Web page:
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Danish supplier serves up a healthy dose of hemp product innovation

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Niamh Michail

By Niamh Michail+

31-Aug-2017
Last updated on 01-Sep-2017 at 11:34 GMT2017-09-01T11:34:40Z

Put that on your plate and eat it: Hemp cheese, hemp chocolate, hemp salami and hemp granola from Møllerup Gods.  © iStock/egal
Put that on your plate and eat it: Hemp cheese, hemp chocolate, hemp salami and hemp granola from Møllerup Gods. © iStock/egal

Bored with the usual hemp launches - granola and cereal bars - one Danish supplier is helping manufacturers think outside the box. Hemp cheese, gin, salami and marzipan are just some of its latest creations.

CEO and product developer at Møllerup Gods Henrik Rendbøll initially began cultivating hemp for the stem, a highly fibrous material used for textiles and as a planting substrate. With the revenue from this, he began experimenting with the food possibilities, starting with four basic products – whole seeds, shelled hemp hearts, oil and flour.

By making these different fractions, it became really easy to work with as an ingredient,” Rendbøll said.

Møllerup Gods (which translates as Møllerup Estate) cultivates a Finnish hemp variety suited to the Danish weather, working with seven different farms that are both certified organic and conventional. The company grows and processes the hemp itself, always harvesting and processing batches during the same period, and using mechanical means which never exceed 40° Celcius. Demand has skyrocketed, and it increased its growing area from 30 hectares in 2015 - the year it started - to 500 the following year.

We now have everything from bread mixes to pesto sauce, beer and gin, marzipan bread, granola and cereal bars. Even goats’ cheese and salami with roasted hemp seeds,” Rendbøll added, all of which have been developed and launched in the 18 months, including a range of skincare products.

© Mollerup Gods

Working in collaboration with Ørbæk Brewery and Distillery it produces red and black ales brewed with hemp flour and a craft gin with organic hemp for flavour.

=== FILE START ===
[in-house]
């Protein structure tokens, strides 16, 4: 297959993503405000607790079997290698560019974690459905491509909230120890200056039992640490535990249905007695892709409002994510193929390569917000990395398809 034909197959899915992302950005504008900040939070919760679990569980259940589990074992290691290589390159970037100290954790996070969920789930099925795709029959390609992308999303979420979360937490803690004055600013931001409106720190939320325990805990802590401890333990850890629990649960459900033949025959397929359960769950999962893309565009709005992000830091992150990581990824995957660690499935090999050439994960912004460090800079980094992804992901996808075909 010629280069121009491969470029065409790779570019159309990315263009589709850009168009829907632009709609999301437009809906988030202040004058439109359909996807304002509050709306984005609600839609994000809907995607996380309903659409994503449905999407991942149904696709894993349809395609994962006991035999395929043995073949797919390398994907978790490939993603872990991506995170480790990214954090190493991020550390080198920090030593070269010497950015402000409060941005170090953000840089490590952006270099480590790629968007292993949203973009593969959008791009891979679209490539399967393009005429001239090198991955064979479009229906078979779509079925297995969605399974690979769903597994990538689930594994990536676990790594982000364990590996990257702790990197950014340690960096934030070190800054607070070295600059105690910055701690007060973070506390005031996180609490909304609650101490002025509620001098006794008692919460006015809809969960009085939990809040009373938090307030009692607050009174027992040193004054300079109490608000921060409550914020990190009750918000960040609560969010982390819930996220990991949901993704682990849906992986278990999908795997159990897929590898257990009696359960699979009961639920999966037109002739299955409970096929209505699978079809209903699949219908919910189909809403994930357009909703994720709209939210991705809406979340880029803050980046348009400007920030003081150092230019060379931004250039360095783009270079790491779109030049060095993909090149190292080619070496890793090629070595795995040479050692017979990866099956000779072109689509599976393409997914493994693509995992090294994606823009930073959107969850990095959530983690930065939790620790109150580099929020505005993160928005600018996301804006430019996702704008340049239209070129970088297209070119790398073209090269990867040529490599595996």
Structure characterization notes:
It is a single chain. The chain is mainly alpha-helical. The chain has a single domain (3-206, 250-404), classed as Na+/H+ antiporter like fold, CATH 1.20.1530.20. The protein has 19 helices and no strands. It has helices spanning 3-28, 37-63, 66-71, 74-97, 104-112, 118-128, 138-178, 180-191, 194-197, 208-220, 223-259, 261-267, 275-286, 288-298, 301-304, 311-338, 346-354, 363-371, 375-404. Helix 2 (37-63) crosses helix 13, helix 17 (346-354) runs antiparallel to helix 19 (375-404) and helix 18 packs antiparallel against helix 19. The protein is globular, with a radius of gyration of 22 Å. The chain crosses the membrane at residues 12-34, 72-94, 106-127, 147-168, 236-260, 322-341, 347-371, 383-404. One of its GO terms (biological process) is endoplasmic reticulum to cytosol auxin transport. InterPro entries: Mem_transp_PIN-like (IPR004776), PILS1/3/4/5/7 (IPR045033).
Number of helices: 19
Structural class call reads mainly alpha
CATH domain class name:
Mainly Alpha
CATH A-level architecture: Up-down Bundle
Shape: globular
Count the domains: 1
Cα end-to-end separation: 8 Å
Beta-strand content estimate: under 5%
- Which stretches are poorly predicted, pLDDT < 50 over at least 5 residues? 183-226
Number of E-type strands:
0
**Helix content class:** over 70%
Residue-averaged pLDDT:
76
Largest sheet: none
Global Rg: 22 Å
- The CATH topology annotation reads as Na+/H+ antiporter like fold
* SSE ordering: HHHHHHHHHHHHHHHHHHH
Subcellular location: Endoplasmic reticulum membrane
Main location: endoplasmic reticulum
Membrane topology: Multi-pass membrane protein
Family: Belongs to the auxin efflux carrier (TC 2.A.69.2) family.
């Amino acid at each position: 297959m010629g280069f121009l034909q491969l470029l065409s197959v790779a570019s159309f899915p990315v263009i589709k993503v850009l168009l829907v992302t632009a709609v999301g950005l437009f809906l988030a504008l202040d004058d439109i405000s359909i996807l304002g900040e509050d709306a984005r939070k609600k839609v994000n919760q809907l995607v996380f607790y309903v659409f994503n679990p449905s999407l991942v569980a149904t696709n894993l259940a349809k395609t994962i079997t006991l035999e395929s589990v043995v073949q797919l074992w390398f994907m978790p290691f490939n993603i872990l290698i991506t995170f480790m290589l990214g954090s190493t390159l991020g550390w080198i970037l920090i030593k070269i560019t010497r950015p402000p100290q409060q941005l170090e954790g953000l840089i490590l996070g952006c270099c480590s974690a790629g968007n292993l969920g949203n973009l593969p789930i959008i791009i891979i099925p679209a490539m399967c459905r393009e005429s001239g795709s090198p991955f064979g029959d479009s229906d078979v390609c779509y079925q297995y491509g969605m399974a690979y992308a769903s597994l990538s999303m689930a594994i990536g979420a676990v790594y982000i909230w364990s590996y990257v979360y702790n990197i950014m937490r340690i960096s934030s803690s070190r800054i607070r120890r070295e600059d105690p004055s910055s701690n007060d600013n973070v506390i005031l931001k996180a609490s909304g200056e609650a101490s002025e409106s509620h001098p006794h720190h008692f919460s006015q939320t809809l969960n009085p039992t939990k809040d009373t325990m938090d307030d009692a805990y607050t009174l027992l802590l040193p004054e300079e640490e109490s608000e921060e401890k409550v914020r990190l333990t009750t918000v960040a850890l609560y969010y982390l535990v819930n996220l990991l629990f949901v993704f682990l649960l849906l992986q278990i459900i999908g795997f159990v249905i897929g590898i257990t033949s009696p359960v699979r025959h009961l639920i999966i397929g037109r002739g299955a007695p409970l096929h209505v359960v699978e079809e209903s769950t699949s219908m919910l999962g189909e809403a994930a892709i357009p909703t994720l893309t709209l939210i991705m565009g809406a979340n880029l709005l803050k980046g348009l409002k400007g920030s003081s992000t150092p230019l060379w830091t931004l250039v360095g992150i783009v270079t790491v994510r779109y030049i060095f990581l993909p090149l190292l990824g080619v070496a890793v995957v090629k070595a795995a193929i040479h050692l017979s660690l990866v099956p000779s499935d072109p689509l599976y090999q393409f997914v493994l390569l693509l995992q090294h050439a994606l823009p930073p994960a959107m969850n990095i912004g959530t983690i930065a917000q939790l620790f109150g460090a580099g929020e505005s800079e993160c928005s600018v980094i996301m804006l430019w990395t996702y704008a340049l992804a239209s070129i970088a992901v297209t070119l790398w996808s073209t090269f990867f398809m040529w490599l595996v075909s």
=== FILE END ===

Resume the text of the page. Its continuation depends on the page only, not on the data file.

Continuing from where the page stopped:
It also makes a mixed beef and pork salami with whole, roasted hemp seeds for a crunchy texture.

“We go out to meet and talk with different manufacturers to help them understand the raw material and how they could use it in their production,” the CEO said, and reactions have been good with manufacturers creating new products and sending it back to Møllerup Gods in order to fine tune the recipe.  

“I just got back a product from a big chips producer and they have just made a hemp, tomato and spinach [extruded] snack. The idea is that you don’t have to make hemp the main ingredient in a product. You can add a small amount – 5, 10 or 20% - and you improve the nutritional quality or flavour of that product. We want to add a little bit of hemp into a lot of different products to improve people’s nutritional intake.”

Stealthy, healthy hemp

CEO and product developer Henrik Rendbøll

As part of this stealth health drive, the firm manufactures marzipan with 5% hemp protein and 15% shelled hemp seeds that are tailored to elderly people who often suffer from both protein and fibre deficiencies. It sells these to retirement homes.

“Snacks work better with this [population segment]. Sometimes elderly people have difficulty eating large amounts so if we can get a lot of nutrients into the products they snack on during their coffee break then we can help.”

Hemp seeds contain around 25% protein, 27% fibre and 32% oil as well as all essential amino acids, and a good fatty acid profile with 1.8% omega 3, 5.3% omega 6 and 0.8% omega 9.

Each product can be produced to organic standards depending on customer demands, Rendbøll said, adding that most demand for organic currently comes from caterers and food service.

Retail strategy: We wanted to bring this to the mass market

When looking for buyers, Møllerup Gods decided to bypass smaller, health food shops and target larger retailers.

“We only sell in big supermarkets. A lot of people were already buying hemp in specialist shops and online so our strategy was to make it easy for ‘normal’ people to be able to buy hemp, and they don’t go into specialist shops. Our focus was always to bring this to the mass market, and right now my mission is to help industry to develop new products with hemp in.”

In addition to selling via its online shop and in major Danish bricks-and-mortar outlets, Møllerup Gods currently exports around Europe including to Sweden, Germany, Holland and Spain.

It also exports hemp leaves to Germany. “Even though it’s classified as industrial hemp, which means there is less than 0.2% THC in the leaves, it’s illegal to sell the leaves in Denmark.”

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